Have you ever gone to an open house even though you knew you weren’t interested in buying the property? Have you ever pored over housing price data on Zillow or read through housing ads on Craigslist just for fun? You are not alone. There seems to be a growing obsession with real estate in the U.S., as home prices have soared in the past few years, only to come back to earth a bit in the past year.
But during that boom — and the current correction/bust — blogs of all stripes have sprung up to feed the need for instant real estate information, photos of noteworthy homes for sale, and the off-color stories related to city living. While some newspaper sites have had some recent success with real estate blogs, independent bloggers who have called the boom a speculative bubble — a.k.a. the bubble bloggers — have found a rabid audience for their bearish views.
“Bloggers have moved into bubble coverage because the media hasn’t done a very good job of covering the reality, and reporters are more conventional and look for the story of the hour and what the statistics are,” said Carol Lloyd, who writes the must-read Surreal Estate online column about the San Francisco Bay Area market. “And some of the statistics are produced by the NAR [National Association of Realtors], and they look like they’re just covering the industry for the industry.”
Lloyd wrote a fantastic primer on bubble bloggers, who she says “have become the sages of the day.” Matt Carter, a reporter (and blogger ) for the real estate trade site InmanNews , says the bubble bloggers’ popularity can be traced to a bad case of schadenfreude among some in the public.
“The bubble blogs feed the intense desire many people have — including those who got burned investing in real estate, and first-time home buyers who feel they’ve been priced out of the market — to see housing prices crash,” Carter told me via email. “As was the case during the dot-com bust, people who got left behind want those who were riding high during the boom years to feel their pain.”
One of the strongest aspects of these blogs is the online community of readers that sprouts up around the subject of real estate. At the Housing Bubble Blog, Jones regularly asks his readers to contribute “Craigslist finds” (listings of interest), and often gets more than 100 comments on each blog post.
Toscano (pictured here) dings mainstream real estate reporters for relying on expert quotes from analysts who are in bed with the real estate industry — meaning, the quotes are likely to give a positive spin to any negative news. “The other [problem] is that they tend to mirror conventional thought and to shy away from contrarian or non-mainstream analysis, regardless of merit,” he said. “As one example of this phenomenon: Despite the fact that we had been in an obvious speculative bubble for a long time, the media didn’t seriously address the possibility of a bubble until AFTER the housing market had slowed down substantially.”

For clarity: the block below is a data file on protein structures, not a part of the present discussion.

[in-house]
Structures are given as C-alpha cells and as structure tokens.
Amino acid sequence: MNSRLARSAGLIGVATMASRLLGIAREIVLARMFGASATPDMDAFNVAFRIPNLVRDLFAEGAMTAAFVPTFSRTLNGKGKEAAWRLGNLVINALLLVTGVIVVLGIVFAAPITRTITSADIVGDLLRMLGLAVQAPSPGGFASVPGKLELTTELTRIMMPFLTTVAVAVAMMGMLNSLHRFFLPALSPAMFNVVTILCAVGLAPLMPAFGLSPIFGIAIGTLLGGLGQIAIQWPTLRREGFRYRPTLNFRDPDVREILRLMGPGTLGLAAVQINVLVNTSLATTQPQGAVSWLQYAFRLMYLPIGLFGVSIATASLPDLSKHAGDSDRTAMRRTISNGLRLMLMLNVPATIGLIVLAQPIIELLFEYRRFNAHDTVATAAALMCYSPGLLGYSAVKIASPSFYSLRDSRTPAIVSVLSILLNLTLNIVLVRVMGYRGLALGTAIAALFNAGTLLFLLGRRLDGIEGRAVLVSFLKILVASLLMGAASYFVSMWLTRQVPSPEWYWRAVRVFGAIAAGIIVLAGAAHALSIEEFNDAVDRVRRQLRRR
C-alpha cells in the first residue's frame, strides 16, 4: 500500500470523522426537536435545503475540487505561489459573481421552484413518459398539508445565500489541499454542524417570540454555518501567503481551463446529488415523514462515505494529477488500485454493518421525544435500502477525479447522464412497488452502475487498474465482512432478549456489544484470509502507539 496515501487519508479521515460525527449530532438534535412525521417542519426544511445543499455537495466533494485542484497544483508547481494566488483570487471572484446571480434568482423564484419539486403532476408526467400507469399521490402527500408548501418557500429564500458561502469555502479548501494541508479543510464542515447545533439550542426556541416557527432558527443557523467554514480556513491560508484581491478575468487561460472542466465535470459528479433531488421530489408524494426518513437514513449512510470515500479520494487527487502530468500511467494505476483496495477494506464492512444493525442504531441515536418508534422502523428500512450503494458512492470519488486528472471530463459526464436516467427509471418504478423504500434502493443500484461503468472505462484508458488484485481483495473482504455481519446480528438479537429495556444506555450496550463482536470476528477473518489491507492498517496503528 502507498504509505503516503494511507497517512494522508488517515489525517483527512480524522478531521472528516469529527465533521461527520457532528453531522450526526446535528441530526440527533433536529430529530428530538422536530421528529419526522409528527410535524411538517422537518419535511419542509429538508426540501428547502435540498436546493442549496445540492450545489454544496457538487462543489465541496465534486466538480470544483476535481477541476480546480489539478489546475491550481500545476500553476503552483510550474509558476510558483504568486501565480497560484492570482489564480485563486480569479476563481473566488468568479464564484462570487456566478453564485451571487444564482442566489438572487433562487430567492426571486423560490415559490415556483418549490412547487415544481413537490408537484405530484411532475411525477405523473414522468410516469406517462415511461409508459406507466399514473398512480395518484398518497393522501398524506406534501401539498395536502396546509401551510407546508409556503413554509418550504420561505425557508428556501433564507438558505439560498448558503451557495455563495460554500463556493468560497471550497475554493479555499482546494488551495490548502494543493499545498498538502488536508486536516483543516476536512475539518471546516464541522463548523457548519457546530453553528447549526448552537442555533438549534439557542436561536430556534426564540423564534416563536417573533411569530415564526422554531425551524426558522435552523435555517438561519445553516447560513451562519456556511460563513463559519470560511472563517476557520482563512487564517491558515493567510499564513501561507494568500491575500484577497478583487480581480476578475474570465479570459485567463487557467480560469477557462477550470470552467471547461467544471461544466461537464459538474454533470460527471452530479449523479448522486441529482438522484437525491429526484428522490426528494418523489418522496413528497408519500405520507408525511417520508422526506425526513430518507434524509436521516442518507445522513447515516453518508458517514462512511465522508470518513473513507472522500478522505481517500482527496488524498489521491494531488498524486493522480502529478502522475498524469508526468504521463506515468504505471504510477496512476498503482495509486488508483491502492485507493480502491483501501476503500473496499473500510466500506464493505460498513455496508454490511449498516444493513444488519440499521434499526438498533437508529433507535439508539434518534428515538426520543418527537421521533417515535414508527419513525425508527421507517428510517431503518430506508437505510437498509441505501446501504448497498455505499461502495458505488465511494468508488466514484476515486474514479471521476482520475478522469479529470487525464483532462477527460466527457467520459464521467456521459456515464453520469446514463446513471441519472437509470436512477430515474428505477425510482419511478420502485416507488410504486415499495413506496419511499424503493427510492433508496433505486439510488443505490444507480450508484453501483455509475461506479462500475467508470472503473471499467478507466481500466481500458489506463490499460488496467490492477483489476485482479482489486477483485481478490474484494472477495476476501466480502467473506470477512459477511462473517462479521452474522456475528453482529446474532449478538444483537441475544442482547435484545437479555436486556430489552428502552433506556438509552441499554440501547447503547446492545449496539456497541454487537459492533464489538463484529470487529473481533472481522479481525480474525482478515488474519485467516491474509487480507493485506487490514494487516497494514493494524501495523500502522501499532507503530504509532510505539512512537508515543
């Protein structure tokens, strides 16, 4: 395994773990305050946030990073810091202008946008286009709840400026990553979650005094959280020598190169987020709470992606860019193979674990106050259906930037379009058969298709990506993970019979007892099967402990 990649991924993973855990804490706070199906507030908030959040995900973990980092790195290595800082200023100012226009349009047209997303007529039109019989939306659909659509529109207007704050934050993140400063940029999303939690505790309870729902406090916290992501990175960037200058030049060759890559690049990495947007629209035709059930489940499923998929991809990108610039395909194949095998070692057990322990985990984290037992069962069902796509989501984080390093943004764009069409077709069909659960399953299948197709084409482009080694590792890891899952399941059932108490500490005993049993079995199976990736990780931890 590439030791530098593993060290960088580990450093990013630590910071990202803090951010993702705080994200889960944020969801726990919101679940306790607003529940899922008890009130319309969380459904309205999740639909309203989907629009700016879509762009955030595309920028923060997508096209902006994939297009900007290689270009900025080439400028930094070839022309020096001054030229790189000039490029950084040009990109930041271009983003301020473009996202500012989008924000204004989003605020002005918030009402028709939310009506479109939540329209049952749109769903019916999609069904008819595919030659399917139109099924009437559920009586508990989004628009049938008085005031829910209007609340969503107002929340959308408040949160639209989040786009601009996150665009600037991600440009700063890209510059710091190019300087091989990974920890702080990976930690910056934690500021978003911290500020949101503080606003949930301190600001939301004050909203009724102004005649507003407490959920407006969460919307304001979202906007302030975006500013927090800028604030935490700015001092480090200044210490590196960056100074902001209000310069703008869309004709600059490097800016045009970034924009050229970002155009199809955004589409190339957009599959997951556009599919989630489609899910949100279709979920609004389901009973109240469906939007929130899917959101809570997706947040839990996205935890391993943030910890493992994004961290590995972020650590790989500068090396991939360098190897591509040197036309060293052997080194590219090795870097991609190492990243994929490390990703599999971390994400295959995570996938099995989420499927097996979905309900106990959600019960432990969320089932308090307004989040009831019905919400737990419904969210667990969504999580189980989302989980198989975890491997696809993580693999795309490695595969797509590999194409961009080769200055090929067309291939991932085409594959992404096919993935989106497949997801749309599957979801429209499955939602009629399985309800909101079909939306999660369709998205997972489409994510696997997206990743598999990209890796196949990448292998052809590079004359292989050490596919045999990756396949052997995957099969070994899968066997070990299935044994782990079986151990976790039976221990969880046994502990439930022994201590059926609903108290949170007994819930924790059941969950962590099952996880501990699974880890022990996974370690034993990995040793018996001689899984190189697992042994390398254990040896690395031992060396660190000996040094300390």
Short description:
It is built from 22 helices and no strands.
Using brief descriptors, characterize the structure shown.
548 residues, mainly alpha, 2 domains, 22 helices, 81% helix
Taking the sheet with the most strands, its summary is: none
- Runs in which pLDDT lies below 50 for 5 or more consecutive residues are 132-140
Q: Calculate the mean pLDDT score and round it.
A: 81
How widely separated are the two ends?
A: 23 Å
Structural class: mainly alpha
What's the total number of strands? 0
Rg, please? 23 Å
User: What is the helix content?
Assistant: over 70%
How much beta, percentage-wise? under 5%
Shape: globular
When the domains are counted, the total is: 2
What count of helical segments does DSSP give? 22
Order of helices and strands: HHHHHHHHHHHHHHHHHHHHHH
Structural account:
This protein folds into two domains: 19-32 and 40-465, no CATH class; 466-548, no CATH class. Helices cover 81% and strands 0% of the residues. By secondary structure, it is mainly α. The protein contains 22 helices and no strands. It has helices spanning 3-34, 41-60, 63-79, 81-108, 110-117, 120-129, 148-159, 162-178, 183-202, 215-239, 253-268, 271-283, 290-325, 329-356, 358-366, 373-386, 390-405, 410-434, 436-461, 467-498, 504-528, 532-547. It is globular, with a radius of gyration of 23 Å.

“These sites are guilty of the same sin they accuse the real estate industry of: presenting only one side of the story,” Carter said. “They highlight the most dismal news from the most stressed markets — that foreclosures are up, inventories are rising, and prices falling — without providing any context. A lot of these blogs would have you believe that all of the runup in prices was artificial, fueled by speculation and the easy availability of credit. The fact is, housing prices remain stable or continue to appreciate in areas where jobs are plentiful and housing is scarce. There are sound fundamentals in some markets, but you would never know it from reading the bubble blogs.”
But what will happen if the market does crash and boom again, or whether it’s just a slow poofing souffle? Will people still be enamored with every economic report coming out of Northern Iowa or a suburb of Phoenix? Or does the universality of everyone having a home — whether rental or as an owner or landlord — mean this topic will be fresh for years to come? Perhaps online aggregators that sum up real estate news from all sides, from bear to bull, will be the most valued in the future. Time will tell.